First, a little context. This is Jason, Helen's husband. Helen is currently getting some extra sleep so that she'll be conscious for the next 2am feeding :) This morning, Paul, from Vesco, came to fix a burner igniter problem we've been having with our BlueStar range. Paul discovered the problem and showed me the easy fix, so I wanted to share it with all of Helen's blog readers.
We had our BlueStar range installed approximately 1 year, 1 month ago. Since then, we've had six problems and repairs ("jet engine" noise, 2 stuck doors, broken oven bottom, failing oven glow bar, intermittent igniter), all under warranty. Vesco is the local service company BlueStar uses for warranty repair. Our latest issue, which is the topic of this post, is burner igniter trouble. July 16th, Helen noticed that our high-intensity burner would occasionally fail to light, even when she held it in the "lite" position for a while. When I looked at the problem, I noticed that all other burner igniters were firing (I could see sparks arcing between the igniter and the burner), just not the high-intensity burner igniter. Clearly, something was wrong with the high-intensity burner igniter.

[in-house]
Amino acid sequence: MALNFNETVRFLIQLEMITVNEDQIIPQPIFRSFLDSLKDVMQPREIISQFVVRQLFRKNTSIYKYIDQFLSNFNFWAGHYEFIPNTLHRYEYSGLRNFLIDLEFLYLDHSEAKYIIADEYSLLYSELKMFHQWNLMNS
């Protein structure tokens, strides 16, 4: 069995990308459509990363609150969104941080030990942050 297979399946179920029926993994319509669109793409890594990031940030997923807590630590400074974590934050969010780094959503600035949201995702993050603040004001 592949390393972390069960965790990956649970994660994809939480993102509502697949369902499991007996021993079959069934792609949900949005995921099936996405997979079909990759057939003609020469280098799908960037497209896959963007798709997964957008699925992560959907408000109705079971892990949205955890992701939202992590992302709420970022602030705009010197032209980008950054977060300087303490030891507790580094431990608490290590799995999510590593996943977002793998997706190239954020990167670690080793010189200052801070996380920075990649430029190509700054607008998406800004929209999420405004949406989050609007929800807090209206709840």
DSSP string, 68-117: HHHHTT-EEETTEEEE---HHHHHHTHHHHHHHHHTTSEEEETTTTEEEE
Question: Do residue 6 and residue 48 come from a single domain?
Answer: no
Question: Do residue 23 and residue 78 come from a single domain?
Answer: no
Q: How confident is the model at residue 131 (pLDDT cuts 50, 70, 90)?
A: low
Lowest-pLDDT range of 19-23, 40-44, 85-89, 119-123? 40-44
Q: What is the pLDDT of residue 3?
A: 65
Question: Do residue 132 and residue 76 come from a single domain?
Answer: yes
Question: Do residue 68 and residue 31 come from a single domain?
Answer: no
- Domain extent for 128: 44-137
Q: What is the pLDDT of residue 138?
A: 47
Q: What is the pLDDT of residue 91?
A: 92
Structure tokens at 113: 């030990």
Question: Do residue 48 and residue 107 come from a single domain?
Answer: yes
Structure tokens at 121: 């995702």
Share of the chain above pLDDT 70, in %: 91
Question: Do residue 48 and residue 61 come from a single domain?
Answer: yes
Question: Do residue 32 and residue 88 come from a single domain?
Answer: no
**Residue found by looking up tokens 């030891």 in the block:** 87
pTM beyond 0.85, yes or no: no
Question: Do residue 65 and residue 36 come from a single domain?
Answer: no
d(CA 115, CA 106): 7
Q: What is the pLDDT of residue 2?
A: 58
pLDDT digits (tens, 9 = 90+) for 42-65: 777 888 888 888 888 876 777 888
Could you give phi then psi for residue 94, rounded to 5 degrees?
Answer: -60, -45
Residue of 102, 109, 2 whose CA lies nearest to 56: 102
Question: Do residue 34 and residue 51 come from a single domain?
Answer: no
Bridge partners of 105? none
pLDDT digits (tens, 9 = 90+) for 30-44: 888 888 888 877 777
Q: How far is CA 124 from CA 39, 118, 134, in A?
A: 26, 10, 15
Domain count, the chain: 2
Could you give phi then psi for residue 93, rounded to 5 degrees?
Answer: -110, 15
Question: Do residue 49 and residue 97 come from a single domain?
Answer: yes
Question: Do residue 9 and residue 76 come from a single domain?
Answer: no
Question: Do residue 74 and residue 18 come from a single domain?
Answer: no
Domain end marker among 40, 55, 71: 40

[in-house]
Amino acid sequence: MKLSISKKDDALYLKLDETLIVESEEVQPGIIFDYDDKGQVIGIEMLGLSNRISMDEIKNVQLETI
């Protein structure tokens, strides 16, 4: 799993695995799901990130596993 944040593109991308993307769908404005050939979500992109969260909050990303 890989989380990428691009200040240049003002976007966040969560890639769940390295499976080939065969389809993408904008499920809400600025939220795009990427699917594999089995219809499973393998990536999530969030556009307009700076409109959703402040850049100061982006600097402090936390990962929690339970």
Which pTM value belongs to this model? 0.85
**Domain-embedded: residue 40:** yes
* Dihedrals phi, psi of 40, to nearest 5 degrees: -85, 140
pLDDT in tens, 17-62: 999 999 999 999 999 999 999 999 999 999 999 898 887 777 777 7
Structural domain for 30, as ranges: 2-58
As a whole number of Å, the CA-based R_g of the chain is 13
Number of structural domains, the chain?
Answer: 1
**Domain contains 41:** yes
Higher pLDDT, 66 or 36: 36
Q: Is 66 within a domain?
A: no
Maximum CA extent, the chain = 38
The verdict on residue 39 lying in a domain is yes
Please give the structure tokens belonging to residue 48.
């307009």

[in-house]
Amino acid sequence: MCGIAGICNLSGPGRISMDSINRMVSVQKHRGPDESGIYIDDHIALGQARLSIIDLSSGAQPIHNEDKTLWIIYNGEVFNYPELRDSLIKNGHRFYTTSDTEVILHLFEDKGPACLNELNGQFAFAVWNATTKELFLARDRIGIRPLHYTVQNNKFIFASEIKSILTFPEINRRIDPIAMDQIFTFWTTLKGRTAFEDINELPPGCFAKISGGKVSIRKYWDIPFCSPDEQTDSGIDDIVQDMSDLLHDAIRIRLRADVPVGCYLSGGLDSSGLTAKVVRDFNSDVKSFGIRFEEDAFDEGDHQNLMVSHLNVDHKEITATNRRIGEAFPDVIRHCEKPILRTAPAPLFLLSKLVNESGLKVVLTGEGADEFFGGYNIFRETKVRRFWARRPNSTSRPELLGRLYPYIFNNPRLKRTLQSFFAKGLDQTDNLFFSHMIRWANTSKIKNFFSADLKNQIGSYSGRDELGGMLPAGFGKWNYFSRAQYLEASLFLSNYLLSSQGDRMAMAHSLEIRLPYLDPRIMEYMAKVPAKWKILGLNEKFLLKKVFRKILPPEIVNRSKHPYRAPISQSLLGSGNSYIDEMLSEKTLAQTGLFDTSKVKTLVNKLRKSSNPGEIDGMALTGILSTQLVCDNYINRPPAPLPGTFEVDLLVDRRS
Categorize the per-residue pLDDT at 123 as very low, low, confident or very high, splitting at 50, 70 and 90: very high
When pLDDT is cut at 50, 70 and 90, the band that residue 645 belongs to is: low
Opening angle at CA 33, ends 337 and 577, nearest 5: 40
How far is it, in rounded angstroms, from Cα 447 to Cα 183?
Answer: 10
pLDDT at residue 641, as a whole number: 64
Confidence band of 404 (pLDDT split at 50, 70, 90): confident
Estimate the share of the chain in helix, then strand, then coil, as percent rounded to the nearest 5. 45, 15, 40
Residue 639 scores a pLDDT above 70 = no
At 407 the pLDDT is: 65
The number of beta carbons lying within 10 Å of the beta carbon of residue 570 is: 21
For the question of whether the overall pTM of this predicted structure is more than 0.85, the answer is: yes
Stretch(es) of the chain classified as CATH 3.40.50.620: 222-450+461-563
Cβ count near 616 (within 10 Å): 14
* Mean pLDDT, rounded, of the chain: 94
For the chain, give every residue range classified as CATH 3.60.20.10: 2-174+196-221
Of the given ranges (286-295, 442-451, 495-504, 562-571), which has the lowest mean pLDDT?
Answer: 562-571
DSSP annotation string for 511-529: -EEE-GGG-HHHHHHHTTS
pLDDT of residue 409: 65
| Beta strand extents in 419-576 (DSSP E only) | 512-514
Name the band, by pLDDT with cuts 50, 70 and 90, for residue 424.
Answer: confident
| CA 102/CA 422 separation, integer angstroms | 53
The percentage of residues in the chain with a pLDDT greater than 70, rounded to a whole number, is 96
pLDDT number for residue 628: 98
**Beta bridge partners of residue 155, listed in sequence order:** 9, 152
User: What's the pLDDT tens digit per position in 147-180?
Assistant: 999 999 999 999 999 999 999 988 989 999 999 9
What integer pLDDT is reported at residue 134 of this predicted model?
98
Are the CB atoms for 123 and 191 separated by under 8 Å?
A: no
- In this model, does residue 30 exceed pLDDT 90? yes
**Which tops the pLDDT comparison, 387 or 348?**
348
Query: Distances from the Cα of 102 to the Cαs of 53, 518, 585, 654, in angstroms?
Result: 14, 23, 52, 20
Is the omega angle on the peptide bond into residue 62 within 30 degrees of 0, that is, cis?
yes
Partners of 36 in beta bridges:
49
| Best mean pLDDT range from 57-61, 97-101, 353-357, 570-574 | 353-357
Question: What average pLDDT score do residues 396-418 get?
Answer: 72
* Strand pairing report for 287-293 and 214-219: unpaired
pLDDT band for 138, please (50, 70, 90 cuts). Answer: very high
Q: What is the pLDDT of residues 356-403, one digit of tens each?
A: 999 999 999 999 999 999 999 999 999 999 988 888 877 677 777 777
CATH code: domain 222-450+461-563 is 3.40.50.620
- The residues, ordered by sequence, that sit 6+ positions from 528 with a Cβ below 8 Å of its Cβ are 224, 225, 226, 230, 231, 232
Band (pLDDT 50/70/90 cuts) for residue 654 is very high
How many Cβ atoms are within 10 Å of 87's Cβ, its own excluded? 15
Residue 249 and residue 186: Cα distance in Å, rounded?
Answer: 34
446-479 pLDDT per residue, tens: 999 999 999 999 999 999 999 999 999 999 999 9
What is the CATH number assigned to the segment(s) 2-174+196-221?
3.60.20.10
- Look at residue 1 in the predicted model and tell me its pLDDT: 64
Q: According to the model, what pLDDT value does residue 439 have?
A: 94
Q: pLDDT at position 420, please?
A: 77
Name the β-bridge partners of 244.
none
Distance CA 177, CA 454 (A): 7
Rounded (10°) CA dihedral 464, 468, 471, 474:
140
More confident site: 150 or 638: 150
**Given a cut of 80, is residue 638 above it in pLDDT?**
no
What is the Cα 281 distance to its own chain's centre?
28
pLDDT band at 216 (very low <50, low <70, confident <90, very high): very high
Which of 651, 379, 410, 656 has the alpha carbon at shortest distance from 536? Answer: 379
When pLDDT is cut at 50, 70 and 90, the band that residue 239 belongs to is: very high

The next day, we emailed BlueStar about the problem. They sent us a replacement igniter and installation instructions. Once the igniter arrived, I was able to replace the igniter without much trouble. At first, the burner came on fine. But, a few days later, we noticed that the problem was recurring---sometimes the igniter would spark, sometimes it wouldn't. We let BlueStar know the replacement didn't fix the problem and they set up an appointment with Vesco, their Boston-area warranty service company.
Like I mentioned before, today was the day that Paul from Vesco came to fix the igniter. We know Paul quite well at this point. I think he's been to our house 7 times now. He's quiet, but knows his stuff. It didn't take long for him to identify and fix the problem. I demonstrated that the igniter wouldn't spark. He took off the burner grate and bowl and immediately pointed-out that the transparent igniter connector plug was touching a metal pipe. "There's your problem," he said. He turned the burner knob to "lite" and, sure enough, we could both see that the spark was coming from the transparent igniter connector plug rather than from the tip of the igniter. "You just need some electrical tape," he said. He got out his roll of electrical tape, wrapped around the transparent igniter connector plug and fired the burner. It worked like a charm. I don't think I'll ever understand why BlueStar doesn't simply design their ranges to avoid these sorts of problems. But, it's certainly nice to know that if we have trouble with the other igniters, a fix could be as easy as a few inches of electrical tape.
Before writing this post, I emailed Michael, our new BlueStar service rep, to let him know the source of the problem and the electrical tape fix, suggesting that they add this to the igniter replacement instructions. He said that he thought that tip would be helpful and asked his supervisor to add it to the instructions.